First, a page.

Unfortunately, since the times of the Greeks and Romans, European languages never again fully realized the potential of a phonetical language as the allocation of sounds to letters is far from being handled in a consistent way.
Actually, such languages as Spanish and Italian are very phonetic and the allocation of sounds to letters is very consistent. They aren't perfectly phonetic or consisten, but what language is?
With languages like Spanish and Italian, if you know the Latin alphabet, a modest number of simple rules, and have spent a little time with a native speaker (in person or on a recording), it's hard to make a mistake pronouncing words in these languages when reading them.
If Chinese are looking for a truly consistent way of representing their sounds, they should skipp the Latin alphabet and directly opt for the International Phonetic Alphabet - likewise the Europeans should do the same.
The International Phonetic Alphabet is clearly imperfect. There are significant sounds which it does not recognize. Which sounds it doesn't recognize dependens, on part, on which version
of the alphabet one uses.
In addition, every language has sounds that may be similar to those of other languages but are still significantly different. Meanwhile, the Phonetic Alphabet often records them using the same exact symbols.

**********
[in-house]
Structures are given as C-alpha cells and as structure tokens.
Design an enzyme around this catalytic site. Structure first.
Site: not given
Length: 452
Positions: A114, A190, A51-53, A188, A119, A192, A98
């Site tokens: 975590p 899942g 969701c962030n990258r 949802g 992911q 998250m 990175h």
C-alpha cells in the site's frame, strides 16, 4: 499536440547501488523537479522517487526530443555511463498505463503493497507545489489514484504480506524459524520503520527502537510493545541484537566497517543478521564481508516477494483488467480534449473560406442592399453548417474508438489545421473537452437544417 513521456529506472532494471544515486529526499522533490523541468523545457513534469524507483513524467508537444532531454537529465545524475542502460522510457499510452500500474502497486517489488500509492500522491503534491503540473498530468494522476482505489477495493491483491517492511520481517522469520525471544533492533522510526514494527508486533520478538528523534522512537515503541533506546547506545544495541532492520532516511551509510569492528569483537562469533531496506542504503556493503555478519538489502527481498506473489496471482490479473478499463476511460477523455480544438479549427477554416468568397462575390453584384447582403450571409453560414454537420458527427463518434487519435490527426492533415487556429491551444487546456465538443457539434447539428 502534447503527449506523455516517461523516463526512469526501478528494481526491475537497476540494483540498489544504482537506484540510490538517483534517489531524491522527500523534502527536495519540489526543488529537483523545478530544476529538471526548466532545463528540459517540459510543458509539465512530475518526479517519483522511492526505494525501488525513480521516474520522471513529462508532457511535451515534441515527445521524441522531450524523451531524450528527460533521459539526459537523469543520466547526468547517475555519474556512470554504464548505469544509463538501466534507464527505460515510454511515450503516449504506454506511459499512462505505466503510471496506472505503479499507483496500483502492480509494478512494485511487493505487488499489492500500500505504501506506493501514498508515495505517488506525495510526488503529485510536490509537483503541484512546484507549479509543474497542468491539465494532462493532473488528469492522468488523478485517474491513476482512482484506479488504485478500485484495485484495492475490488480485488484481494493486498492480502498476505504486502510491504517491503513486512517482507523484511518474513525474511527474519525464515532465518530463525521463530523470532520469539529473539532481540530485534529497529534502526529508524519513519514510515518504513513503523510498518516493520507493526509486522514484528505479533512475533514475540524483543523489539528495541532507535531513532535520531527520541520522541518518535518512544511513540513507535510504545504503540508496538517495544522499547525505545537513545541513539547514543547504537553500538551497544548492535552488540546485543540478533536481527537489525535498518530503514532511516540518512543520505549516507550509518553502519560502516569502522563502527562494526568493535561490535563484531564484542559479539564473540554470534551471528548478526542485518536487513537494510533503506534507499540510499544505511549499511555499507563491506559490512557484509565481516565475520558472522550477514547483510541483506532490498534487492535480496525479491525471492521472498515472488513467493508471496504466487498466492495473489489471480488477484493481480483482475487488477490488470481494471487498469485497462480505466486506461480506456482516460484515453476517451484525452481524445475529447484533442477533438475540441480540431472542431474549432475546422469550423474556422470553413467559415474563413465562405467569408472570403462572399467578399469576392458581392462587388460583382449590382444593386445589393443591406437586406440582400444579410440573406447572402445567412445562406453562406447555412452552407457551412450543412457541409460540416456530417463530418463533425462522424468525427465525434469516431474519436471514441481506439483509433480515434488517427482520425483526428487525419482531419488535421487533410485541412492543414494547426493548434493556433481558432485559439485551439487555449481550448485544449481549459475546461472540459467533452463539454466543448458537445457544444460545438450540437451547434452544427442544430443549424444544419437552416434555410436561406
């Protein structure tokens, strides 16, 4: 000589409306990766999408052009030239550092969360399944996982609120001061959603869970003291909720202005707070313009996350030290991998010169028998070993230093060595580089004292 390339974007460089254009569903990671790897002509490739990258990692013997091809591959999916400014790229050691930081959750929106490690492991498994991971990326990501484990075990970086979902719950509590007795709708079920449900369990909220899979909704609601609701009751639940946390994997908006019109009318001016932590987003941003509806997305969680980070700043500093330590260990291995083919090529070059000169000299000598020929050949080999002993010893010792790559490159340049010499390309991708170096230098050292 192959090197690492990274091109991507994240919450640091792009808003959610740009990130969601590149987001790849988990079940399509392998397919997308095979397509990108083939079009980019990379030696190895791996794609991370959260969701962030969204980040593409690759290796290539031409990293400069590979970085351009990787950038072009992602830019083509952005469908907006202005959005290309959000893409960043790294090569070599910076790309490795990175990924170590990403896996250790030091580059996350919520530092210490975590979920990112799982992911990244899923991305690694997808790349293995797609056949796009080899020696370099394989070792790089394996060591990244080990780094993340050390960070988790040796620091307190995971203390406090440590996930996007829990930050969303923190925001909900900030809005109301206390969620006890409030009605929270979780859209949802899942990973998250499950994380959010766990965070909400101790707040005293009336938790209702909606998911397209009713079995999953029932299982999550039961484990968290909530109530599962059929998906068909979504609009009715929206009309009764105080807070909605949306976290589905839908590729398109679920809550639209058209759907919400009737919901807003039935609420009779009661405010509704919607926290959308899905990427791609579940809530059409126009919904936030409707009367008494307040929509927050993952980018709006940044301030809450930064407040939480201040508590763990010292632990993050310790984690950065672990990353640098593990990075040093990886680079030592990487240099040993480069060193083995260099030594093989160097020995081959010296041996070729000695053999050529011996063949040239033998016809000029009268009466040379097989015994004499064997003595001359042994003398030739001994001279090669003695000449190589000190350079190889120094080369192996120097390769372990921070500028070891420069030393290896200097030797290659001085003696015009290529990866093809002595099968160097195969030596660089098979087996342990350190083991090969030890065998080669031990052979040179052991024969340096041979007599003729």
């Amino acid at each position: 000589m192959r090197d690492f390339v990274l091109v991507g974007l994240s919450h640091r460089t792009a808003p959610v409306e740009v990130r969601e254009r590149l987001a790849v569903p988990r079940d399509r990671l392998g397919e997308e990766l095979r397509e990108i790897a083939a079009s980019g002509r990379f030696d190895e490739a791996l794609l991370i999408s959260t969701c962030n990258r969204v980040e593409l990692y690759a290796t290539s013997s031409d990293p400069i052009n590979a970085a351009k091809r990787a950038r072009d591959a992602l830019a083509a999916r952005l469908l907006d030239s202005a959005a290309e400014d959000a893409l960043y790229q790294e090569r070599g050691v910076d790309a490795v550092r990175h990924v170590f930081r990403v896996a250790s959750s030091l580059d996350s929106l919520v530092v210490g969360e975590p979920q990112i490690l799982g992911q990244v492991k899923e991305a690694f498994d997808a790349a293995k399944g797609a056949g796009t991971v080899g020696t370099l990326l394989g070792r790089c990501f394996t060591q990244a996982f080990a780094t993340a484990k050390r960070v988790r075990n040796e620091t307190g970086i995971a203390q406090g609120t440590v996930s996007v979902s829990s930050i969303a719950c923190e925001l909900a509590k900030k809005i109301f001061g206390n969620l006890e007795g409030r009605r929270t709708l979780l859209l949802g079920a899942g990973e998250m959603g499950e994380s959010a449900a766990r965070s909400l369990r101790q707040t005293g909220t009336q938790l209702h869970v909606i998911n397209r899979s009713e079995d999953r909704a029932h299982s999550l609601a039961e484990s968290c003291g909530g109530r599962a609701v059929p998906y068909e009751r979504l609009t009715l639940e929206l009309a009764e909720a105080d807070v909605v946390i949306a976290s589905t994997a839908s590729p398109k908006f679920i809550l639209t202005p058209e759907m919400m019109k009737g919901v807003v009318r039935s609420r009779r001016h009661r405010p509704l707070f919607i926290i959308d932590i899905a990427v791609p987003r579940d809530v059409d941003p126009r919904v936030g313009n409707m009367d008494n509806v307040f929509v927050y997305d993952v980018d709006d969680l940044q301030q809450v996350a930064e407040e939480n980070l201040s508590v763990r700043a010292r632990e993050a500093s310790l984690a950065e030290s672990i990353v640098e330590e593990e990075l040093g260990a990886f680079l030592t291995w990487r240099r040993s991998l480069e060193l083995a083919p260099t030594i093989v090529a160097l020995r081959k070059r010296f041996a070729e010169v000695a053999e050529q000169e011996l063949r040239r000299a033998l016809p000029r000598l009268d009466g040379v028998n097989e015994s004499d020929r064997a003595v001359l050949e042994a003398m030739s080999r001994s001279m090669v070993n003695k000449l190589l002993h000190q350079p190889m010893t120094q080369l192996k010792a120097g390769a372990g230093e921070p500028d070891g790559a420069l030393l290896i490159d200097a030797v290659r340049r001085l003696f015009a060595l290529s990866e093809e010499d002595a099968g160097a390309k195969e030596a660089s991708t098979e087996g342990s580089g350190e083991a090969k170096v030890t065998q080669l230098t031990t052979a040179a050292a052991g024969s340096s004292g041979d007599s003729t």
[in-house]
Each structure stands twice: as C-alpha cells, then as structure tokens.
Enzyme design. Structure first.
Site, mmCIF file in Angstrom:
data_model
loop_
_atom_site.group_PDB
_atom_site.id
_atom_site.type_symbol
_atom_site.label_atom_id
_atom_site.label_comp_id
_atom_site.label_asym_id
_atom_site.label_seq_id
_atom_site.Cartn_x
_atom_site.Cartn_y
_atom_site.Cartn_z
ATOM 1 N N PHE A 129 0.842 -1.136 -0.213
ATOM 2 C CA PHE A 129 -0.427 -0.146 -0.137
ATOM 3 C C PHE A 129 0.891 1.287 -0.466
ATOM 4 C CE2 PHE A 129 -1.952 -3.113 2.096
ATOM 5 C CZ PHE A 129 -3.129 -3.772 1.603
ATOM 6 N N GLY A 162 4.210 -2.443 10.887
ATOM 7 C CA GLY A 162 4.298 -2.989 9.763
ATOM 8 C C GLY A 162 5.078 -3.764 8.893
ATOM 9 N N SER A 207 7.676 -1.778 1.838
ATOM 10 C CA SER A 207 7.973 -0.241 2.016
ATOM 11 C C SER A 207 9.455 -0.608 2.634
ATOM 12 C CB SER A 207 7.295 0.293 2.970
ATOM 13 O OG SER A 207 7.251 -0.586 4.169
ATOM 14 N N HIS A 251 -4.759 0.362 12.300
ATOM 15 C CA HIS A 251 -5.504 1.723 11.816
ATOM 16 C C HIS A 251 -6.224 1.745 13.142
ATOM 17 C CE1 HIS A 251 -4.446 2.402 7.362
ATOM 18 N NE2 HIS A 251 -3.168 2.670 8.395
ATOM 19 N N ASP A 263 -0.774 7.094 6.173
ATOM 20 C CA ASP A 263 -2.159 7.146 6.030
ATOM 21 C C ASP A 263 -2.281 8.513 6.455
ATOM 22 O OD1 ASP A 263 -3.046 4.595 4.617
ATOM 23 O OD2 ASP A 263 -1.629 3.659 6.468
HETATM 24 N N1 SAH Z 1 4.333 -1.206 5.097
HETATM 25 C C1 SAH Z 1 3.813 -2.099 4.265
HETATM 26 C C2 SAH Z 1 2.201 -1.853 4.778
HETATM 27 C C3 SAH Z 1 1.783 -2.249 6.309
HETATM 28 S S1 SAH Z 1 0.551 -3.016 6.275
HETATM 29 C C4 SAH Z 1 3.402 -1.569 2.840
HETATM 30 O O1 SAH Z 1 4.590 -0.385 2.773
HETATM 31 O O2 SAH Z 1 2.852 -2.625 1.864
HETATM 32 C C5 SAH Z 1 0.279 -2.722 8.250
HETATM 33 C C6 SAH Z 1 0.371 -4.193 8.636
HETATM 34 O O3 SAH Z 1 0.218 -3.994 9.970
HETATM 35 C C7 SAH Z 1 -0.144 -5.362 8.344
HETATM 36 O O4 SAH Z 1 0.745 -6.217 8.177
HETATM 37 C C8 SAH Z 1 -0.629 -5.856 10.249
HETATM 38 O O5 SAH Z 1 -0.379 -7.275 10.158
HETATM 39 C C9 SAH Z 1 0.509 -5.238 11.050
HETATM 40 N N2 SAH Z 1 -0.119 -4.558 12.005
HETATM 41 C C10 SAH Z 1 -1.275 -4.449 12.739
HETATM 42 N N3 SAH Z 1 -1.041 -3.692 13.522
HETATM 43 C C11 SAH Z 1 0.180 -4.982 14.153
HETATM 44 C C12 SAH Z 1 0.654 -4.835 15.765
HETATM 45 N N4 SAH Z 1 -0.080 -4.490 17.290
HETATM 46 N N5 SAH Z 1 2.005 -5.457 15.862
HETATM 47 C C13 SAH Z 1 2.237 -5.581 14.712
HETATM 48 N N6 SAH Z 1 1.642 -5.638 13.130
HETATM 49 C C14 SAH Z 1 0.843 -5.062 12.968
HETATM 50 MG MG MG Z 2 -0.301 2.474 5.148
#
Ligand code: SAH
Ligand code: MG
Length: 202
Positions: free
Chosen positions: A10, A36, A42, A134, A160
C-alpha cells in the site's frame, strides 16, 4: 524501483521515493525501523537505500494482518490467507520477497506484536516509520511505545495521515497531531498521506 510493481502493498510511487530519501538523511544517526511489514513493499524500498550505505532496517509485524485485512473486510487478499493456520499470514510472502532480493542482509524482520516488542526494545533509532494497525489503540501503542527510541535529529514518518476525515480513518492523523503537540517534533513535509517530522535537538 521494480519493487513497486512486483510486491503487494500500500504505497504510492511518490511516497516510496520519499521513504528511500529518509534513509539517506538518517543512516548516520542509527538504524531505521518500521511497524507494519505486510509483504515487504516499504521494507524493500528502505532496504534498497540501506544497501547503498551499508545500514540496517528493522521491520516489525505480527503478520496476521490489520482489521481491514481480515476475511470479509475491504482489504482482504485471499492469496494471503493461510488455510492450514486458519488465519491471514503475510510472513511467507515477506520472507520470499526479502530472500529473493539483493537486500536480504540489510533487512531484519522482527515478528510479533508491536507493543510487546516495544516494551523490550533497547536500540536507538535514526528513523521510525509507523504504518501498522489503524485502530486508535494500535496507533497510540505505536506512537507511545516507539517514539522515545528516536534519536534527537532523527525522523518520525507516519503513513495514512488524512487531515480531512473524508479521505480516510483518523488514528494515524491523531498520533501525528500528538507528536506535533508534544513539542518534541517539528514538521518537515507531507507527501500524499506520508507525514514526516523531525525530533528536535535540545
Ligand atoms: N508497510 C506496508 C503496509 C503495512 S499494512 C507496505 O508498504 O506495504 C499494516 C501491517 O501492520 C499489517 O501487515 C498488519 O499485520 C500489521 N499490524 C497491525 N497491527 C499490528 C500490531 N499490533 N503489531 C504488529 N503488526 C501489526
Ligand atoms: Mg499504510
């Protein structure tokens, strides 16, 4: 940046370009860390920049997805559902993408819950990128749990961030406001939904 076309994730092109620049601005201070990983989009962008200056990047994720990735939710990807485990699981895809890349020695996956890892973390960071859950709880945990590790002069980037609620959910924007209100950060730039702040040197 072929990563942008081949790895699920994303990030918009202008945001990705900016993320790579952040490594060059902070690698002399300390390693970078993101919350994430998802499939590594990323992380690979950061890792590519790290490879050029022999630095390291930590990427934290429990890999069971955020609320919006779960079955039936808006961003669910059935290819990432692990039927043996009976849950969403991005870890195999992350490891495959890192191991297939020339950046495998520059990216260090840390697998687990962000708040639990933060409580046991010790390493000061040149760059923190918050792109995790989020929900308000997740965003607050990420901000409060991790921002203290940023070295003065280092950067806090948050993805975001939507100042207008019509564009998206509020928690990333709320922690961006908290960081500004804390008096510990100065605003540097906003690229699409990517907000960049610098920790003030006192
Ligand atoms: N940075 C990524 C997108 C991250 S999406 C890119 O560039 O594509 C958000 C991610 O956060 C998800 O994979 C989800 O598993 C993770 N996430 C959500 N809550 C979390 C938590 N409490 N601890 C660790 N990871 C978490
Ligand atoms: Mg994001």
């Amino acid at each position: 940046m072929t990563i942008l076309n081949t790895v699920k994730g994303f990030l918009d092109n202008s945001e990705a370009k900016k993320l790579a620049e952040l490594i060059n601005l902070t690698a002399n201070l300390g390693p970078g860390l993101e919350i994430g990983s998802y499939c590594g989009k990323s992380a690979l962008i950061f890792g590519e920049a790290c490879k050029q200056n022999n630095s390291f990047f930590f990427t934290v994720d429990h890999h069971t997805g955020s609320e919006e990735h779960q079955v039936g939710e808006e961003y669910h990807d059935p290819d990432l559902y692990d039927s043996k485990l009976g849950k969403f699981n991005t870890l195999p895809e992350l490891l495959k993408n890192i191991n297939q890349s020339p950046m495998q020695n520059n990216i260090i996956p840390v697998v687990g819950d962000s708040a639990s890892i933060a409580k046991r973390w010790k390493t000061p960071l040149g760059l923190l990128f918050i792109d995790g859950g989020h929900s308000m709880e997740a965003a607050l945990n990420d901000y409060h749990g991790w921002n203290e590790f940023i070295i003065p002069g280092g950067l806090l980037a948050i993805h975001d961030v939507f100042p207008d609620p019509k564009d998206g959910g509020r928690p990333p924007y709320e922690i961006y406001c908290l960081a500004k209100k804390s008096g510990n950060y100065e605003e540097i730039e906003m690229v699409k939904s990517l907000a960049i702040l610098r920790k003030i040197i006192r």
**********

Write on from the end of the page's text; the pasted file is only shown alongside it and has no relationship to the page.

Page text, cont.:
Just because a certain letter of the Phonetic Alphabet is pronounced in Italian one way, does not mean that it is pronounced exactly the same way in, say, English or French. Occasionally, the differences may even be fairly big. A perfect example is how Italians, most English-speaking peoples, and the French pronounce the /r/
symbol from one popular version of this alphabet. They all usually pronounce it very differently.
Additionally, I think you would have a fairly difficult time notating Chinese in the Phonetic Alphabet unless it was significantly modified. I might be wrong but I think there are too many important sounds particular to Chinese which are usually not found in this alphabet, for it to work well for Chinese speakers. For example, do any or most versions of this alphabet distinguish between the sound of pinyin sh
Do they distinguish between the sound of pinyin j
and the typical ways a native Fench-, English-, or Italian-speaking person pronounces the Latin letter r
or Phonetic Alphabet symbol /r/?
I'm unsure. Do they have a way of notating a tonal language with up to seven or eight tones in some dialects/regionalects? I'm unsure.